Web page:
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  #1  
Old 01-08-2015, 02:29 PM
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An analysis of the first three catalogues of southern star clusters and nebulae

Those who like astronomical history will enjoy reading chapter 2, 3 and 4.

Ch 2 is about Nicolas Lacaille
Ch 3 is about James Dunlop
Ch 4 is about John Herschel

http://researchonline.jcu.edu.au/24051/

Dr Graeme White was my main supervisor.
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Old 20-04-2017, 01:52 PM
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Parramatta Lot

James Dunlop made his catalogue of star clusters, nebulae and galaxies from a rented house on the north side of Hunter St. Parramatta.

In 1935 the house was gone, this photo shows a vacant lot on the left side of the two church towers, with three old cars out the front. The house next door to Dunlop's place is on the corner of Hunter and Marsden St.


http://nla.gov.au/nla.obj-141919607/view
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Old 26-04-2017, 09:00 PM
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I'm surprised you got a PhD for what is basically a potboiler - Dunlop's work was researched thoroughly by Andrew James yonks ago and the details published on his website - years before your thesis. What's more your supervisor knows Andrew and the website concerned.
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Old 26-04-2017, 10:22 PM
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Andrew's research was mainly on Dunlop's double stars, mine was on nebulae and clusters.
My work also covers Lacaille's and John Herschel's nebulae and clusters.

http://www.southastrodel.com/
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Old 27-04-2017, 06:15 PM
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Even so... your paper is what I would regards a term assignment. Otto Neugebauer wrote better at the rate of one a month.

As for why JCU is even awarding PhD's in astronomy is equally questionable.
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Old 28-04-2017, 11:40 AM
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Hi Glen,

An interesting analysis of the work of the three observers and could easily be published in a form as a book on the subject. A lot of work gone behind it and I can see it has evolved from your continued interest in astronomical catalogues.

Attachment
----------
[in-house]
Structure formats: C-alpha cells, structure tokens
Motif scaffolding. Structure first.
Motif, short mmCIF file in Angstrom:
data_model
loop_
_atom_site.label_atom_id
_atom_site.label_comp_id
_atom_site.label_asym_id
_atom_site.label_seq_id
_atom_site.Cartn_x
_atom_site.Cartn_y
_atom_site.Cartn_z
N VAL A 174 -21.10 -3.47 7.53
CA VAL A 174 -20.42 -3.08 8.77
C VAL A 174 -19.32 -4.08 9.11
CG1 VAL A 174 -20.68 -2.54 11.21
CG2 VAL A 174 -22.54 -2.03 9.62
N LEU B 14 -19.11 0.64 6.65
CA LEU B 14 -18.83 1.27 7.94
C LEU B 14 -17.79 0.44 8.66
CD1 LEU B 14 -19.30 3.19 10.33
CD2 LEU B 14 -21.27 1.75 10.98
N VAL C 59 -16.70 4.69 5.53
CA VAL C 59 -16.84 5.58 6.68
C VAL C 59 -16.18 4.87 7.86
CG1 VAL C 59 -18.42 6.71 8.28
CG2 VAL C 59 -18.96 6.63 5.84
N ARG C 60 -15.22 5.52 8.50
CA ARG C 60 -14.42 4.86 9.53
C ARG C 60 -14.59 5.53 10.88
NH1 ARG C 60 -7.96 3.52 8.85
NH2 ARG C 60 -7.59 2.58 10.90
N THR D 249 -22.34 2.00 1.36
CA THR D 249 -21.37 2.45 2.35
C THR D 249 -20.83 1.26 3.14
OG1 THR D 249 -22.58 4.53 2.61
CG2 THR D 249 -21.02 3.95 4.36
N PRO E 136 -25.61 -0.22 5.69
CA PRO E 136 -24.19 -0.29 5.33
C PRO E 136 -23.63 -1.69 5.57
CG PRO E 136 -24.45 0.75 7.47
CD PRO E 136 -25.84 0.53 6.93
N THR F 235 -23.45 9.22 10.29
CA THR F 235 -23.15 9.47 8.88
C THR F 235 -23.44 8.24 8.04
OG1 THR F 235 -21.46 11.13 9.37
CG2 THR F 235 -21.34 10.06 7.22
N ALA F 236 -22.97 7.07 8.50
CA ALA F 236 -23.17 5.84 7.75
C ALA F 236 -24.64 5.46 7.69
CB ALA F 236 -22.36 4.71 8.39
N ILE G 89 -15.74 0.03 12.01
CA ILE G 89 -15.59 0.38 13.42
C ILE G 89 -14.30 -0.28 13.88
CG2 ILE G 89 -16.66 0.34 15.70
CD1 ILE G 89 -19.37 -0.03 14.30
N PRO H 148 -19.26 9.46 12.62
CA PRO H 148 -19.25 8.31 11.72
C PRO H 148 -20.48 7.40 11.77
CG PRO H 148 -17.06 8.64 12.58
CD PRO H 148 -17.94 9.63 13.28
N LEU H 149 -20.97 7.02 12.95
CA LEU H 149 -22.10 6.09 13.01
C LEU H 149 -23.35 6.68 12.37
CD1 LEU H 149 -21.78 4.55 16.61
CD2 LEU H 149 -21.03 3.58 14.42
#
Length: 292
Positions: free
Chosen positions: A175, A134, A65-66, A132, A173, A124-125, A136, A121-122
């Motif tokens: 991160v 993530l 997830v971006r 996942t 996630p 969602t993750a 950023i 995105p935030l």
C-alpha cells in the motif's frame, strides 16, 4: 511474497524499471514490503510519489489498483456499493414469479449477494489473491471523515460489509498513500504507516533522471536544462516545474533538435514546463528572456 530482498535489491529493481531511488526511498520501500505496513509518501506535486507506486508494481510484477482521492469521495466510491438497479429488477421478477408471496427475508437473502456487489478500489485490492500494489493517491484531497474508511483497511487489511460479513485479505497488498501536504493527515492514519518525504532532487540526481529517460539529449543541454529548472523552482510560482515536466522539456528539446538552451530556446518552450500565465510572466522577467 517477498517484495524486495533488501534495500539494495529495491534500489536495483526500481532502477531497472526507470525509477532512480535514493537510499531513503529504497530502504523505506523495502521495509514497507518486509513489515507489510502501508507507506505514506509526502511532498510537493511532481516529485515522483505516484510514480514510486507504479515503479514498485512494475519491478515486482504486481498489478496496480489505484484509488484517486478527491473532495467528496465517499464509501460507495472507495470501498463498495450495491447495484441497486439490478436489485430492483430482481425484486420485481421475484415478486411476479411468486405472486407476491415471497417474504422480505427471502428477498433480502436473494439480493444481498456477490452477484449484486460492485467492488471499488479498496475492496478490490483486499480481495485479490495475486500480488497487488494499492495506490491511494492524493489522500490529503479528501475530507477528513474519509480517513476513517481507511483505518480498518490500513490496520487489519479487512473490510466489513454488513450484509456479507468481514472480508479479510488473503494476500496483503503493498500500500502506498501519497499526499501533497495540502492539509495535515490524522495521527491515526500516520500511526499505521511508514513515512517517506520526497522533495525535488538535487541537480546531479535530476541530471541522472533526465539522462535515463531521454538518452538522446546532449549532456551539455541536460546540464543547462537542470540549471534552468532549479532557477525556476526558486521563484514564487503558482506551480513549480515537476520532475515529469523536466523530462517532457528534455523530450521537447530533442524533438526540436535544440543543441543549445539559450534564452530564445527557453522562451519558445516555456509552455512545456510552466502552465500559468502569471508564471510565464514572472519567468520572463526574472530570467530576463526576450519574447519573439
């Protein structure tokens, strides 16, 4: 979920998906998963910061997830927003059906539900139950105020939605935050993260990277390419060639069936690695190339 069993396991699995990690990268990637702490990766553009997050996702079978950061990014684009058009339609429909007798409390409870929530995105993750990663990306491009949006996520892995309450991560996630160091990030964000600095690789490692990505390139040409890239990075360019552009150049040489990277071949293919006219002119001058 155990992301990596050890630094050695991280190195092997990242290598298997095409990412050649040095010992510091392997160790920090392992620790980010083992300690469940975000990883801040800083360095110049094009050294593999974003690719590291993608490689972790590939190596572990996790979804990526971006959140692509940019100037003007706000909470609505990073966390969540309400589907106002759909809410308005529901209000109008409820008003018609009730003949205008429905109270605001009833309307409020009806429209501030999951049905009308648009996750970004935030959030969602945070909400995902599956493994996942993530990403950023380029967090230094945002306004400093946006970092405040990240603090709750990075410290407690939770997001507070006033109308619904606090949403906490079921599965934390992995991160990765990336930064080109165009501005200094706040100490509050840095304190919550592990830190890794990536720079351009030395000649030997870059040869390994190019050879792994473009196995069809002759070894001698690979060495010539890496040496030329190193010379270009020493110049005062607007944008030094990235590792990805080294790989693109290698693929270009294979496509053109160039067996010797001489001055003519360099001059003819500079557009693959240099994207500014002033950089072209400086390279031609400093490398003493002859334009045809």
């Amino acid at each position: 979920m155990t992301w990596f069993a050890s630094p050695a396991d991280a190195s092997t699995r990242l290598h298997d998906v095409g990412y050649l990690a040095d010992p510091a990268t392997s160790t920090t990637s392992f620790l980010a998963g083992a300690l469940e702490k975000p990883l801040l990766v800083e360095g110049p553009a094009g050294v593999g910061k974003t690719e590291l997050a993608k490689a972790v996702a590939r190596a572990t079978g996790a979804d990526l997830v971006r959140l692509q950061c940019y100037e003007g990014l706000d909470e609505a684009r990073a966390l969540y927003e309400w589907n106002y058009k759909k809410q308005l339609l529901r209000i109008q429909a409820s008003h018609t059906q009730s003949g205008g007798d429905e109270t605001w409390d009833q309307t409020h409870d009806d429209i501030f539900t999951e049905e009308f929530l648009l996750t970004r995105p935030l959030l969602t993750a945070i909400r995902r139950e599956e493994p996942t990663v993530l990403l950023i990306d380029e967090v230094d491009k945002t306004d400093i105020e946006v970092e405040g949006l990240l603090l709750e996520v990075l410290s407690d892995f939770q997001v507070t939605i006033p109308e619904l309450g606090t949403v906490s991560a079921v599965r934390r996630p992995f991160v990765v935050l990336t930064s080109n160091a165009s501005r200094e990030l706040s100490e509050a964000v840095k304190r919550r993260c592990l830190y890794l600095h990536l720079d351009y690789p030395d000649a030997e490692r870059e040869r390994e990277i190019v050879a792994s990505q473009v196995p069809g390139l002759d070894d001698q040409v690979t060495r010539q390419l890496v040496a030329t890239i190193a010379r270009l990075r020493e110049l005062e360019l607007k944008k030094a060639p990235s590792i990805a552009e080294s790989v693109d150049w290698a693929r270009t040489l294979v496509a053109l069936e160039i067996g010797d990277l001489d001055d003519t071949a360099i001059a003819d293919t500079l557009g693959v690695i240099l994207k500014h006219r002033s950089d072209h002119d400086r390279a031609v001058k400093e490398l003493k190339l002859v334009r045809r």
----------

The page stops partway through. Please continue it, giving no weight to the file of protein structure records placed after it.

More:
Thanks, Rob
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Old 29-04-2017, 07:43 PM
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Thanks Rob
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Old 30-04-2017, 10:14 AM
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Nick Loveday (Wavytone) my PhD analysed

42 Lacaille clusters and nebulae
629 Dunlop clusters and nebulae
1708 John Herschel clusters and nebulae
also
740 pages of Dunlop's handwritten notes, which were very difficult to read.

That is not a term assignment
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Old 07-05-2017, 09:07 AM
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Hi Glen,

Just wanted to thank you on your work over the years regarding James Dunlop. As I think I have told you before, James Dunlop is buried in the grounds of my church, at Kincumber Anglican, so his significance in the history of world astronomy is something I am very interested in too.

Last New Moon I spent a week in Coonabarabran doing some observing, and one of my main reference works was Stephen James O'Meara's book, "Southern Gems". For those not familiar with this work, it focuses on about 120 southern objects selected from Dunlop's catalogue.

Glen, I was very impressed to read that it was essentially your work on Dunlop in your thesis that inspired Stephen James O'Meara to write this remarkable book. He refers extensively to your research in his book, and credits you with so much.

Astronomical publications are all too dominated by northern hemisphere preoccupations. No doubt this is a reflection in part of the greater size of the amateur astronomy community north of the equator. However the Southern Skies are so much better. It is great to have something of a restoration of the balance, and proper recognition given to the likes of Dunlop and also Bennett, who pioneered our understanding of the southern skies.

Keep up the good work!
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Old 07-05-2017, 03:07 PM
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Thanks Rod.
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